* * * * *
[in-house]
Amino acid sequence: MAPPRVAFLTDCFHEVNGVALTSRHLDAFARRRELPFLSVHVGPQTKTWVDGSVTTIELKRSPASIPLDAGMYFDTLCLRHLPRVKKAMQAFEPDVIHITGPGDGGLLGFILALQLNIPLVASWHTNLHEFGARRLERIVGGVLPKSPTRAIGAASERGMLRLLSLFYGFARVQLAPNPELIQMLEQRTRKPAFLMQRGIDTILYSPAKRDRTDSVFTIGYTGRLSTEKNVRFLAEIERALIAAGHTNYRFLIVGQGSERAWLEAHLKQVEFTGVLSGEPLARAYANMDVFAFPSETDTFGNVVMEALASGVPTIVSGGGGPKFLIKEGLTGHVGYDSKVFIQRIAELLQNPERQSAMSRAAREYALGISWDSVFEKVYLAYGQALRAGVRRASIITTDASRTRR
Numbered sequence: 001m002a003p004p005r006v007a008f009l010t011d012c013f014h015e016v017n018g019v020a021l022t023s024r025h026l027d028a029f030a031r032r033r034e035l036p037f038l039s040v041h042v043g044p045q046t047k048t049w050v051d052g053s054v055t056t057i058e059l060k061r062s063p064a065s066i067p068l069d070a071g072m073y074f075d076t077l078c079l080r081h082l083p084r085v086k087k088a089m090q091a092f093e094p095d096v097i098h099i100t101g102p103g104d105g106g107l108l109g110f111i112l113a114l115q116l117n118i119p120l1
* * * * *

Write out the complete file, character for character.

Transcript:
[in-house]
Amino acid sequence: MAPPRVAFLTDCFHEVNGVALTSRHLDAFARRRELPFLSVHVGPQTKTWVDGSVTTIELKRSPASIPLDAGMYFDTLCLRHLPRVKKAMQAFEPDVIHITGPGDGGLLGFILALQLNIPLVASWHTNLHEFGARRLERIVGGVLPKSPTRAIGAASERGMLRLLSLFYGFARVQLAPNPELIQMLEQRTRKPAFLMQRGIDTILYSPAKRDRTDSVFTIGYTGRLSTEKNVRFLAEIERALIAAGHTNYRFLIVGQGSERAWLEAHLKQVEFTGVLSGEPLARAYANMDVFAFPSETDTFGNVVMEALASGVPTIVSGGGGPKFLIKEGLTGHVGYDSKVFIQRIAELLQNPERQSAMSRAAREYALGISWDSVFEKVYLAYGQALRAGVRRASIITTDASRTRR
Numbered sequence: 001m002a003p004p005r006v007a008f009l010t011d012c013f014h015e016v017n018g019v020a021l022t023s024r025h026l027d028a029f030a031r032r033r034e035l036p037f038l039s040v041h042v043g044p045q046t047k048t049w050v051d052g053s054v055t056t057i058e059l060k061r062s063p064a065s066i067p068l069d070a071g072m073y074f075d076t077l078c079l080r081h082l083p084r085v086k087k088a089m090q091a092f093e094p095d096v097i098h099i100t101g102p103g104d105g106g107l108l109g110f111i112l113a114l115q116l117n118i119p120l1